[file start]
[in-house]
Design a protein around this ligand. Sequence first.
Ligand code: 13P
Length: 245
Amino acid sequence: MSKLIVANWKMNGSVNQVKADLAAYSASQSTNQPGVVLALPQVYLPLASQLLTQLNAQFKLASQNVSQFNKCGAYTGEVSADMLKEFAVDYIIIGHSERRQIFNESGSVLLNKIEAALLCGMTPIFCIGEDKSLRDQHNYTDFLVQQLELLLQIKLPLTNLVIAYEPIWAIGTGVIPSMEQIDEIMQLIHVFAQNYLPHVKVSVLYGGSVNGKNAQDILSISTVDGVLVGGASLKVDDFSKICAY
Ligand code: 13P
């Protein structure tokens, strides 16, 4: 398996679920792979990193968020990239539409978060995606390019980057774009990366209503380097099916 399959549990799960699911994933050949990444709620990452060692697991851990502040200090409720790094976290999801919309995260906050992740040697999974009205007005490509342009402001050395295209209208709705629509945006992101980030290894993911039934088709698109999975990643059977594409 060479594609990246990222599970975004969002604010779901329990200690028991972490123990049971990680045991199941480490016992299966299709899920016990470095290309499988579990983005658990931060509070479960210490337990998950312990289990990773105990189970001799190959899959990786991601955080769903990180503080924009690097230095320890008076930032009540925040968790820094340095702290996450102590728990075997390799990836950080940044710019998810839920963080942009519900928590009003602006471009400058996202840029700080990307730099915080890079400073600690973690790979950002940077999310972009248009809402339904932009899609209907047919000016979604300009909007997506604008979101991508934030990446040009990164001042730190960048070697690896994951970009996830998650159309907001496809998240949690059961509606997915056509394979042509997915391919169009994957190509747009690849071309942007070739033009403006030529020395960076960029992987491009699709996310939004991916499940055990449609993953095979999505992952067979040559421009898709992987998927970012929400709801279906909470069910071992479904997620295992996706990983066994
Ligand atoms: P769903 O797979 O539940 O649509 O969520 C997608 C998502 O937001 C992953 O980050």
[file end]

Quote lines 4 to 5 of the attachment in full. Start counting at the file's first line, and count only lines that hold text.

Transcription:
Length: 245
Amino acid sequence: MSKLIVANWKMNGSVNQVKADLAAYSASQSTNQPGVVLALPQVYLPLASQLLTQLNAQFKLASQNVSQFNKCGAYTGEVSADMLKEFAVDYIIIGHSERRQIFNESGSVLLNKIEAALLCGMTPIFCIGEDKSLRDQHNYTDFLVQQLELLLQIKLPLTNLVIAYEPIWAIGTGVIPSMEQIDEIMQLIHVFAQNYLPHVKVSVLYGGSVNGKNAQDILSISTVDGVLVGGASLKVDDFSKICAY